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Bank stocks defy rating agencies' prognosis

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STI closes 3.04 points up at 2,955.23 as Dow futures stage late spike and Europe opens higher

The Straits Times Index on Tuesday drifted within a narrow band before finishing at 2,955.23 for a gain of 3.04 points on the day after a late spike in the Dow futures suggested a seventh consecutive rise in the Dow Jones Industrial Average on Tuesday, and after Europe opened in the black.

Turnover was below average by recent standards at 2.3 billion units worth $1.1 billion and the broad market was marginally weak, recording 190 rises versus 235 falls excluding warrants.

Some observers suggested a likely interest rate hike at this week's US Federal Open Market Committee meeting as a reason for the early weakness, but this was only half-hearted as a virtual certain rate hike had been priced into the market for at least three weeks now.

All three banks rose, with their gains contributing about seven points to the STI. The rise came despite Fitch Ratings and Moody's Investors Service saying the outlook for banks in the region is weak.

Fitch said that most of Asean's banking sectors are likely to face weak loan demand and further pressure on asset quality in 2017. It maintained its negative banking-sector outlook for Indonesia, Malaysia and Thailand, and has moved Singapore's to negative from stable to reflect continued asset-quality risks from oil and gas exposures and broader pressures from a slowing economy.

"We expect operating conditions for the oil and gas sector to remain tough, despite a modest recovery in energy prices, which will place continued pressure on more vulnerable sub-segments such as oil service operators," said Fitch in a press release.

"Singapore banks were hit by debt restructuring and defaults in the oil and gas sector in 2015-2016, which pushed up the average NPL ratio of the three local banks to 1.4 per cent at end-September 2016 from 1.1 per cent at end-2015."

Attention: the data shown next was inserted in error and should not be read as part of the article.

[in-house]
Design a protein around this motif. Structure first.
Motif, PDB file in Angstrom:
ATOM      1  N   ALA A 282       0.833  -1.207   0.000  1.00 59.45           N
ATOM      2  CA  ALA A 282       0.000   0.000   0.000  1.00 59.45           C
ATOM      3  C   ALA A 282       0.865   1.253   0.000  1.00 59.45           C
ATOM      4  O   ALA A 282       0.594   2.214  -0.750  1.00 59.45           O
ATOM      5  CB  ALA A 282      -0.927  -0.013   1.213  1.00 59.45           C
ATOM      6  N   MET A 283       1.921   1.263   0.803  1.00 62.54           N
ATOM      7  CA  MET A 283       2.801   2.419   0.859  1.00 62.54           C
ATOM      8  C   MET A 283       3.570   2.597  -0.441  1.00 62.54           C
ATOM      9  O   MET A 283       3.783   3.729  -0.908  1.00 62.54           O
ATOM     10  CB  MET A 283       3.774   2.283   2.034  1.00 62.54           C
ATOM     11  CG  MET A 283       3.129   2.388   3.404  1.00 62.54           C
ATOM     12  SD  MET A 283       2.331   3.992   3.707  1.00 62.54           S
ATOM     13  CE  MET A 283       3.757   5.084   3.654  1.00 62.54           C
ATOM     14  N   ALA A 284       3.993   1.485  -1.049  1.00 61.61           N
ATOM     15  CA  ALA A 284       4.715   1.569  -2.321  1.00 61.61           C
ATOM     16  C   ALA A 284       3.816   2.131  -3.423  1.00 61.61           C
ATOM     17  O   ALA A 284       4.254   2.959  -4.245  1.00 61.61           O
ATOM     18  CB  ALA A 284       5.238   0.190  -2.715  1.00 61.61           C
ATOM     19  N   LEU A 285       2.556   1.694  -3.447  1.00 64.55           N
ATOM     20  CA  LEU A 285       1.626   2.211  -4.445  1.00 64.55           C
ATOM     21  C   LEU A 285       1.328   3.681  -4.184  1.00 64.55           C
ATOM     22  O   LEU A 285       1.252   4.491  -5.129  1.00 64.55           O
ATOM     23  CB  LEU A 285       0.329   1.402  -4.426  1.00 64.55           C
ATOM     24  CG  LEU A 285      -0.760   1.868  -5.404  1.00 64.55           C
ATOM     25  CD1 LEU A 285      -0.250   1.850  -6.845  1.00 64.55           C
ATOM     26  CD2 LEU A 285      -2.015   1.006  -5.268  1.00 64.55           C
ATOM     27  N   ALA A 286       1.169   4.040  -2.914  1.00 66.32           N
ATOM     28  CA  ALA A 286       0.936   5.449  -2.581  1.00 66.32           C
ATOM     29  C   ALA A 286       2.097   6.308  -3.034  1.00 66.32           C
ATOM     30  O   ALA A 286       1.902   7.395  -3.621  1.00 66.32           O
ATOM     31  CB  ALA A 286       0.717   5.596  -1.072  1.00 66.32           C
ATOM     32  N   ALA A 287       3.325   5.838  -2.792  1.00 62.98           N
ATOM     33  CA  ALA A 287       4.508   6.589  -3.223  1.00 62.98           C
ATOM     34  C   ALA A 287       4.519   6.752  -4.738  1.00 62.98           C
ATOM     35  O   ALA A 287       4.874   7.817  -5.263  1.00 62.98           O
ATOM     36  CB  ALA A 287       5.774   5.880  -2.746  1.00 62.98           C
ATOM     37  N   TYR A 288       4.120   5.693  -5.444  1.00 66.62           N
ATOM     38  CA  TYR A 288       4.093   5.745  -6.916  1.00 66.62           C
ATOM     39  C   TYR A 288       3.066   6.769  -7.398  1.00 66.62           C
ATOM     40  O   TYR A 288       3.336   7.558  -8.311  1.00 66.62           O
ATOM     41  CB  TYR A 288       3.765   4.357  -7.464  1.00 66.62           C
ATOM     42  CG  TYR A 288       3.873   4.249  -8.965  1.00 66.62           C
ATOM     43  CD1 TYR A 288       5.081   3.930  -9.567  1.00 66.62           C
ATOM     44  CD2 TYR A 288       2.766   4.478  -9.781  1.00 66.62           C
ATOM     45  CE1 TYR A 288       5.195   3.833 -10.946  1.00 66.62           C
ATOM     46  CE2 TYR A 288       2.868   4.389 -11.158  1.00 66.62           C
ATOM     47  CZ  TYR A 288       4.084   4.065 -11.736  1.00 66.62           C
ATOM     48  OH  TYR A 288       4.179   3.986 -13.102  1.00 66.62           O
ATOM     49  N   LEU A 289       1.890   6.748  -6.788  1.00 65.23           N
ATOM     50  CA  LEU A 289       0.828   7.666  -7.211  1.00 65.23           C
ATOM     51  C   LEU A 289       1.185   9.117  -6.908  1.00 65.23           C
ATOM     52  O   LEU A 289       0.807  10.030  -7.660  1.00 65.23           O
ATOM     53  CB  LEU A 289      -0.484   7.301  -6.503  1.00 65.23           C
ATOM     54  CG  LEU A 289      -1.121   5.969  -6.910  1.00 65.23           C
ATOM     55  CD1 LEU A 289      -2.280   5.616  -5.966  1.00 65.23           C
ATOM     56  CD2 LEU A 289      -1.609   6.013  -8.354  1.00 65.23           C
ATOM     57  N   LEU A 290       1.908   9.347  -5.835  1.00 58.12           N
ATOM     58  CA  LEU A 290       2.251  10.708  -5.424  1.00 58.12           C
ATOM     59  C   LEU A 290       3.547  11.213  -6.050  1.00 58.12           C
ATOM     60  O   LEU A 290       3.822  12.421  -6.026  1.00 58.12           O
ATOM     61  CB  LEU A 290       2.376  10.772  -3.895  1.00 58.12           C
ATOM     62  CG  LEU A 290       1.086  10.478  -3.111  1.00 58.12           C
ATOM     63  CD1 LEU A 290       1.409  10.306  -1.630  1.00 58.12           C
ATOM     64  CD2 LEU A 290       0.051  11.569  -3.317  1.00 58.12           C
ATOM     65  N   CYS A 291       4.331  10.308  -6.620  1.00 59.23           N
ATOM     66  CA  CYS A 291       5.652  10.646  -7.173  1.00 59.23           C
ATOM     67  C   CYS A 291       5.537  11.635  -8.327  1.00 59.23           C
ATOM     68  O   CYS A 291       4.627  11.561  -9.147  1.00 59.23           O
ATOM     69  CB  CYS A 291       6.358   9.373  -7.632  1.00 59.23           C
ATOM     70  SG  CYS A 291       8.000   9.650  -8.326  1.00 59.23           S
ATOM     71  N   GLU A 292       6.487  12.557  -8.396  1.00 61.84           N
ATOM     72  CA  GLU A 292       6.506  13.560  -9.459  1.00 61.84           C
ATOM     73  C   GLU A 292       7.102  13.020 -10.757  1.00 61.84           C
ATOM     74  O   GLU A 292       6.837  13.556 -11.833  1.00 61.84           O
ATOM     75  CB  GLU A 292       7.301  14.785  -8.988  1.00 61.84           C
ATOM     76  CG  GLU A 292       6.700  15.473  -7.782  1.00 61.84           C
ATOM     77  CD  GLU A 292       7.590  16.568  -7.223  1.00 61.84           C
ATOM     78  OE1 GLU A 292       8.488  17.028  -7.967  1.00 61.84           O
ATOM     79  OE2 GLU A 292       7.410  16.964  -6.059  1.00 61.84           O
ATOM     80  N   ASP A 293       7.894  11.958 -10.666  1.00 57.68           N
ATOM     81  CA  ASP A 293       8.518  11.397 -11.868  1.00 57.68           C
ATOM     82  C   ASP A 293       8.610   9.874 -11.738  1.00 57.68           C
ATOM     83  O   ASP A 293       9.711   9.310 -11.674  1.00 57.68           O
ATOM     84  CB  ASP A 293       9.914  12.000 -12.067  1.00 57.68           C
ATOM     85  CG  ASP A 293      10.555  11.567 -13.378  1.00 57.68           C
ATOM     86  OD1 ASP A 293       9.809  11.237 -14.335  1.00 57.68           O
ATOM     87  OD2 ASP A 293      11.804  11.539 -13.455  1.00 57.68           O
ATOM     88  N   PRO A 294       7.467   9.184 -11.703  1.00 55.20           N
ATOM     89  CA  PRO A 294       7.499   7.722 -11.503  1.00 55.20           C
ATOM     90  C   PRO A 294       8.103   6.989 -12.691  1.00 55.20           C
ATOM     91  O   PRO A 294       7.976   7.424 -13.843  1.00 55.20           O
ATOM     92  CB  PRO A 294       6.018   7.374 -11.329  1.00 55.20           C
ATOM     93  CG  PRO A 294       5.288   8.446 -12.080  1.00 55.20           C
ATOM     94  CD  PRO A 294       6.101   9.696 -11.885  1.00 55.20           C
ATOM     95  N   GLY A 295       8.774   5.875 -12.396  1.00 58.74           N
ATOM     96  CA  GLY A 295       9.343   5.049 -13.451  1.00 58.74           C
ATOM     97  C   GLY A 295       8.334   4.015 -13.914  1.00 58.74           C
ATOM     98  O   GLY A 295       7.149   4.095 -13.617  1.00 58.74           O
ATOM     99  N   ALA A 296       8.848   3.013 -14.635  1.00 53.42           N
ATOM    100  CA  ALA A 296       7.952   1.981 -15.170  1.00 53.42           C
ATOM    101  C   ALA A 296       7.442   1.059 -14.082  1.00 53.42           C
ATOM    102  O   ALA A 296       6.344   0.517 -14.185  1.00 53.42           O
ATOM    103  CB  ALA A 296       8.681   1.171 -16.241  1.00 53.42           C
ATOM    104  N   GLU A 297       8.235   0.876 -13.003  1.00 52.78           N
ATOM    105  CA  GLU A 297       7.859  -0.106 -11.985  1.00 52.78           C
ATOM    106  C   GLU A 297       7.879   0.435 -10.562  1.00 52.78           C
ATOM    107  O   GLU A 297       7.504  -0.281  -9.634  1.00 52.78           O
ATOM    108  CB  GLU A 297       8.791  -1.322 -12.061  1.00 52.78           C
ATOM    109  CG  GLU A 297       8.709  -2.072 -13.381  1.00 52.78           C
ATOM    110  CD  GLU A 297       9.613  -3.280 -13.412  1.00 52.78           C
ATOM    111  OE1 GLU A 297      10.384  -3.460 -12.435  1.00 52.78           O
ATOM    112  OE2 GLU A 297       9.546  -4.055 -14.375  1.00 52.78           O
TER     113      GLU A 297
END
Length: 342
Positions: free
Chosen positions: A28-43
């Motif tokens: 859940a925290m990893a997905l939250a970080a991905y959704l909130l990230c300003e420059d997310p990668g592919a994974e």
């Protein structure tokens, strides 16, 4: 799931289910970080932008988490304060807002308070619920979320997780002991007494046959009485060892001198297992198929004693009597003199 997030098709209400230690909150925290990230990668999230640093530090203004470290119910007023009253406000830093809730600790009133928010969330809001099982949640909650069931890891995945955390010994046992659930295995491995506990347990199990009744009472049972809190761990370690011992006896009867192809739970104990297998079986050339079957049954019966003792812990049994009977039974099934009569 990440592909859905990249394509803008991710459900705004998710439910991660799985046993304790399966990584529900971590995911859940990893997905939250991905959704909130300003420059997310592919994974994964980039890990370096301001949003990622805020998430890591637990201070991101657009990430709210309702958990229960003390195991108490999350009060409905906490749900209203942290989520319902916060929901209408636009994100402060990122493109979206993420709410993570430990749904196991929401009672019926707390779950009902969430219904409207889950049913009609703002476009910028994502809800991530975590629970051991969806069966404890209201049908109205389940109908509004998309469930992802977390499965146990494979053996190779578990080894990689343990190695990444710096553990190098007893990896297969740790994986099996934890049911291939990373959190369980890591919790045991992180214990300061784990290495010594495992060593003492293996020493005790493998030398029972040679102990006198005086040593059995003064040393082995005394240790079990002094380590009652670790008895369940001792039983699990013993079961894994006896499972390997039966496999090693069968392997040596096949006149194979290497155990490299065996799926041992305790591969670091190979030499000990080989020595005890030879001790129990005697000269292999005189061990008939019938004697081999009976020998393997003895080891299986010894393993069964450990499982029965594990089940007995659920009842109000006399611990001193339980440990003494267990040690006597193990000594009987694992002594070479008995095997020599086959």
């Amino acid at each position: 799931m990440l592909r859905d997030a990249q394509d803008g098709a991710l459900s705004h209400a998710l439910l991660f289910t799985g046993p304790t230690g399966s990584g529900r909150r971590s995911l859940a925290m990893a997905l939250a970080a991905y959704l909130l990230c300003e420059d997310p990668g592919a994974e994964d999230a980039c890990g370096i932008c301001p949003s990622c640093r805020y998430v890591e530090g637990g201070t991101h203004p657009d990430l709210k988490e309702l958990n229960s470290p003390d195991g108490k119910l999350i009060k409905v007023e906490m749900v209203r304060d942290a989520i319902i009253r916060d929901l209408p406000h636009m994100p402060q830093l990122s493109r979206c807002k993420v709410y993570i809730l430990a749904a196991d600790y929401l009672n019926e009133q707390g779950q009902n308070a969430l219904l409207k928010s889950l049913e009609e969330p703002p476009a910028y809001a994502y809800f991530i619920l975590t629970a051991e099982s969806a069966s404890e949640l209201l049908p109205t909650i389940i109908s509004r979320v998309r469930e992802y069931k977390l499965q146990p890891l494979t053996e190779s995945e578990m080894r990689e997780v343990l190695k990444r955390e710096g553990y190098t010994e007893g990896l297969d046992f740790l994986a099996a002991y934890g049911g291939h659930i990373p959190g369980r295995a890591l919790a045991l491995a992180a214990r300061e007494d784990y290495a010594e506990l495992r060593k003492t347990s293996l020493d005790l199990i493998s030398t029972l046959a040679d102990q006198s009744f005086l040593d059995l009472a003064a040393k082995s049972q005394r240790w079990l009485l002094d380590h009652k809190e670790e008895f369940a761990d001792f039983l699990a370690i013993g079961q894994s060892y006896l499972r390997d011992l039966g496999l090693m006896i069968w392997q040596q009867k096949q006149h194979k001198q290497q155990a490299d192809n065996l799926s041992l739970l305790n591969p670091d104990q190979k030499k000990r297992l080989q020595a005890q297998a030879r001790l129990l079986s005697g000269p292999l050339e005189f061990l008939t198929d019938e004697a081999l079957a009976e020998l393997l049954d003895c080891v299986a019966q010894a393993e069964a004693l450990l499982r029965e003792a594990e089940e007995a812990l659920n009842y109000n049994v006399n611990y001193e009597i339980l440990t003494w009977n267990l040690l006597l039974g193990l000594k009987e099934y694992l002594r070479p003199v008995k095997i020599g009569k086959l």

Similarly, Moody's Investors Service says that the outlook for banks in the Asia-Pacific for 2017 is negative, because of the challenging operating conditions in the region, which will weigh on the banks' asset quality and profitability.


"Problem assets will rise from a generally low level, due to previous rapid credit expansion, elevated corporate and household leverage in some economies, the ongoing recognition of credit problems, and challenges in commodities and cyclical industries," said Stephen Long, a Moody's managing director, in a press statement.

In the second line, oil and gas firm Emas Offshore's shares jumped $0.017 or 28.3 per cent to $0.077 with 62,300 traded after the company announced that it has reached in-principle agreements with the majority of its principal bankers on the refinancing of its financial obligations and the provision of additional working capital facilities.

Natixis Global Asset Management in a press release announced findings from its latest Global Survey of Institutional Investors that sought the views of 500 institutional investors.

"Volatility topped the list of concerns for 2017, with 65 per cent pointing to geopolitical events, 38 per cent citing the US election, and 37 per cent noting the potential for changing interest rate policies," said Natixis.

It added that 73 per cent of money managers believe the current market environment favours active management, while 49 per cent said passive investing distorts relative stock prices and risk-return trade-offs.

"(Some) 43 per cent of investors surveyed before the US election said emerging markets would be the best-performing equity market in 2017 compared to 31 per cent of those surveyed after the election".

This article appears in The Business Times today. For full listings of SGX prices, go to